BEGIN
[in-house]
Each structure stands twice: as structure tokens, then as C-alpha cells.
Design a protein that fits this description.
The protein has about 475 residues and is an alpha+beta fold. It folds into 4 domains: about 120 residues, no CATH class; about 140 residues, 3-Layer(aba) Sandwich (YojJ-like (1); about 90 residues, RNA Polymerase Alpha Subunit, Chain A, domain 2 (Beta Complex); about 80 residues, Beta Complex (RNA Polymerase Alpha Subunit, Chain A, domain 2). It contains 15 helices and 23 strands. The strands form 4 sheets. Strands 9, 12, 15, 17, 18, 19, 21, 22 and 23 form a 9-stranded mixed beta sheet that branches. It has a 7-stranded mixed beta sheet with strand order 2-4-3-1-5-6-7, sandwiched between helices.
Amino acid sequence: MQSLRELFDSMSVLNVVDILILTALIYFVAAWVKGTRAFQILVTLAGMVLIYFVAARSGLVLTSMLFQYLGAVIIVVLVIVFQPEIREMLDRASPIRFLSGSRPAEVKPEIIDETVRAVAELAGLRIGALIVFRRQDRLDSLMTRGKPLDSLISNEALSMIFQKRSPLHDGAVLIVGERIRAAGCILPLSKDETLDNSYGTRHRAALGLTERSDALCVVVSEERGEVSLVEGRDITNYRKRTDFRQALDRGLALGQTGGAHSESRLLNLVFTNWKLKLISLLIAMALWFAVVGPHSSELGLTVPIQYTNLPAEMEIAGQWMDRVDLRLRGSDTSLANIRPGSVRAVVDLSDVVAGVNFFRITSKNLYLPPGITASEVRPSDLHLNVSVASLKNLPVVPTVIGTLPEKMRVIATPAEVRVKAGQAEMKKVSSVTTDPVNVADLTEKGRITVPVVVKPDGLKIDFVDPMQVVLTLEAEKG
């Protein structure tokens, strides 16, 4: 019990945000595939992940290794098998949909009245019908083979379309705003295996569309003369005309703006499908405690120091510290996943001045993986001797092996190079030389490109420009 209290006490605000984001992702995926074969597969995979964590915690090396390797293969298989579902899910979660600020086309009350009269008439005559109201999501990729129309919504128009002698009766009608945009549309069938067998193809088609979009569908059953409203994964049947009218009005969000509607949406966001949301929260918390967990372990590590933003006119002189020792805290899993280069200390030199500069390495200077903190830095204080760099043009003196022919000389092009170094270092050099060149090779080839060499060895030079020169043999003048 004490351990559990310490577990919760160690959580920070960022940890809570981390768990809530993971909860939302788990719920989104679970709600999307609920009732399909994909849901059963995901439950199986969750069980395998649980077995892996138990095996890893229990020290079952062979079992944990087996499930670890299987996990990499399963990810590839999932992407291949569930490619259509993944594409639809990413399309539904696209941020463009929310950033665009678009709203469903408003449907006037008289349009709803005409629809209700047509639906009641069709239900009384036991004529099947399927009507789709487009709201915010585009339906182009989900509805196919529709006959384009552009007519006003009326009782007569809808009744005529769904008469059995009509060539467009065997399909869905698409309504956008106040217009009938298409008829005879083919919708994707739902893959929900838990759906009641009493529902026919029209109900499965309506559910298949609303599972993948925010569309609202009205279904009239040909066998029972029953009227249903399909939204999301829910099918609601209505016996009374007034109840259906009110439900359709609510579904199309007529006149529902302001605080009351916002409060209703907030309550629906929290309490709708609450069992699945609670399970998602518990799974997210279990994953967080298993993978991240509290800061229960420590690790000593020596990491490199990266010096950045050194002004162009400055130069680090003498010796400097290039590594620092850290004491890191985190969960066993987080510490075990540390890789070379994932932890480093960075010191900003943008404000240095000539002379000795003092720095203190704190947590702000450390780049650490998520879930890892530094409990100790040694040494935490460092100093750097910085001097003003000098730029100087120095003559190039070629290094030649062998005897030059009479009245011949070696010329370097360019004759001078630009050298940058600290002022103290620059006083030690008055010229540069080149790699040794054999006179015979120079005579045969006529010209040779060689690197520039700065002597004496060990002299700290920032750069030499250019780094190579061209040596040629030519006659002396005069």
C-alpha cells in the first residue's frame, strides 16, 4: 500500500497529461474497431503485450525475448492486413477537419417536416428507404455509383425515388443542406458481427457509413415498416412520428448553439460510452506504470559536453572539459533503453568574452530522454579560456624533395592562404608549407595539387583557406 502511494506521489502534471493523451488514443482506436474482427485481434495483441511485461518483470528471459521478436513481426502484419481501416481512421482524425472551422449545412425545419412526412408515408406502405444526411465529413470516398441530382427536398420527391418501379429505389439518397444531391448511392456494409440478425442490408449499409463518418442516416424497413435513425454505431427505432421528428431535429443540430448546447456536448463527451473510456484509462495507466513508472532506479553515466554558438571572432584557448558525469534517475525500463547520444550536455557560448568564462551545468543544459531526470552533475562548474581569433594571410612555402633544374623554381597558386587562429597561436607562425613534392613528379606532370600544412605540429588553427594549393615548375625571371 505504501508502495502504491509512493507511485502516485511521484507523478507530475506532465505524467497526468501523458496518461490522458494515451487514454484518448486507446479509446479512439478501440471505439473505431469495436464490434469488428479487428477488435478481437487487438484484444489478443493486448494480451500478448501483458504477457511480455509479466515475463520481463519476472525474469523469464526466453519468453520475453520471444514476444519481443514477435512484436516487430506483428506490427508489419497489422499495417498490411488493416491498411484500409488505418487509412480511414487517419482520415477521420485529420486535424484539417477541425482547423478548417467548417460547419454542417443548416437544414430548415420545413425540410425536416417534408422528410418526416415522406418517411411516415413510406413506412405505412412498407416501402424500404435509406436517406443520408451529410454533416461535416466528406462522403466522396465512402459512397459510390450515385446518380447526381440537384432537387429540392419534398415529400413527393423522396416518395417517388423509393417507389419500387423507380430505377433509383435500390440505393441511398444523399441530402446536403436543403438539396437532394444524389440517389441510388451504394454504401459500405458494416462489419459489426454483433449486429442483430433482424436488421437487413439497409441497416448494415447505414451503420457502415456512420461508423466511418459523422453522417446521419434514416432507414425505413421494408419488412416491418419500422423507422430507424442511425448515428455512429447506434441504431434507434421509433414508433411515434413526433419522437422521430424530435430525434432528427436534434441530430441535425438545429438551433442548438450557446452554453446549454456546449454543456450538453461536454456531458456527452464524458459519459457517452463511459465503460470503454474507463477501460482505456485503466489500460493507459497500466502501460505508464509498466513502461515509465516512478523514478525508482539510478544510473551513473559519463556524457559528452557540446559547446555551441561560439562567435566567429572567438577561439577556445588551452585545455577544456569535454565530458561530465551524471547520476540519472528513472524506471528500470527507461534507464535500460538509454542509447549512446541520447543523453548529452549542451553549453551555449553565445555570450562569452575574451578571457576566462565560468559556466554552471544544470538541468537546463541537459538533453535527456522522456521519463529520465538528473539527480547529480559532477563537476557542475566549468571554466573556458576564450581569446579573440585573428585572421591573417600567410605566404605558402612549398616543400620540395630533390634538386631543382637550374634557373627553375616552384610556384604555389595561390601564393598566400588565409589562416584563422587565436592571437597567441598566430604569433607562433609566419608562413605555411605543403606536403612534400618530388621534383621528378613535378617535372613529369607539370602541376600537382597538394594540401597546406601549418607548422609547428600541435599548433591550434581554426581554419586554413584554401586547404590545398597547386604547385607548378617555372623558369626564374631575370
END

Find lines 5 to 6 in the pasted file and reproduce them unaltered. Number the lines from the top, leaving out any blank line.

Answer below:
Amino acid sequence: MQSLRELFDSMSVLNVVDILILTALIYFVAAWVKGTRAFQILVTLAGMVLIYFVAARSGLVLTSMLFQYLGAVIIVVLVIVFQPEIREMLDRASPIRFLSGSRPAEVKPEIIDETVRAVAELAGLRIGALIVFRRQDRLDSLMTRGKPLDSLISNEALSMIFQKRSPLHDGAVLIVGERIRAAGCILPLSKDETLDNSYGTRHRAALGLTERSDALCVVVSEERGEVSLVEGRDITNYRKRTDFRQALDRGLALGQTGGAHSESRLLNLVFTNWKLKLISLLIAMALWFAVVGPHSSELGLTVPIQYTNLPAEMEIAGQWMDRVDLRLRGSDTSLANIRPGSVRAVVDLSDVVAGVNFFRITSKNLYLPPGITASEVRPSDLHLNVSVASLKNLPVVPTVIGTLPEKMRVIATPAEVRVKAGQAEMKKVSSVTTDPVNVADLTEKGRITVPVVVKPDGLKIDFVDPMQVVLTLEAEKG
């Protein structure tokens, strides 16, 4: 019990945000595939992940290794098998949909009245019908083979379309705003295996569309003369005309703006499908405690120091510290996943001045993986001797092996190079030389490109420009 209290006490605000984001992702995926074969597969995979964590915690090396390797293969298989579902899910979660600020086309009350009269008439005559109201999501990729129309919504128009002698009766009608945009549309069938067998193809088609979009569908059953409203994964049947009218009005969000509607949406966001949301929260918390967990372990590590933003006119002189020792805290899993280069200390030199500069390495200077903190830095204080760099043009003196022919000389092009170094270092050099060149090779080839060499060895030079020169043999003048 004490351990559990310490577990919760160690959580920070960022940890809570981390768990809530993971909860939302788990719920989104679970709600999307609920009732399909994909849901059963995901439950199986969750069980395998649980077995892996138990095996890893229990020290079952062979079992944990087996499930670890299987996990990499399963990810590839999932992407291949569930490619259509993944594409639809990413399309539904696209941020463009929310950033665009678009709203469903408003449907006037008289349009709803005409629809209700047509639906009641069709239900009384036991004529099947399927009507789709487009709201915010585009339906182009989900509805196919529709006959384009552009007519006003009326009782007569809808009744005529769904008469059995009509060539467009065997399909869905698409309504956008106040217009009938298409008829005879083919919708994707739902893959929900838990759906009641009493529902026919029209109900499965309506559910298949609303599972993948925010569309609202009205279904009239040909066998029972029953009227249903399909939204999301829910099918609601209505016996009374007034109840259906009110439900359709609510579904199309007529006149529902302001605080009351916002409060209703907030309550629906929290309490709708609450069992699945609670399970998602518990799974997210279990994953967080298993993978991240509290800061229960420590690790000593020596990491490199990266010096950045050194002004162009400055130069680090003498010796400097290039590594620092850290004491890191985190969960066993987080510490075990540390890789070379994932932890480093960075010191900003943008404000240095000539002379000795003092720095203190704190947590702000450390780049650490998520879930890892530094409990100790040694040494935490460092100093750097910085001097003003000098730029100087120095003559190039070629290094030649062998005897030059009479009245011949070696010329370097360019004759001078630009050298940058600290002022103290620059006083030690008055010229540069080149790699040794054999006179015979120079005579045969006529010209040779060689690197520039700065002597004496060990002299700290920032750069030499250019780094190579061209040596040629030519006659002396005069």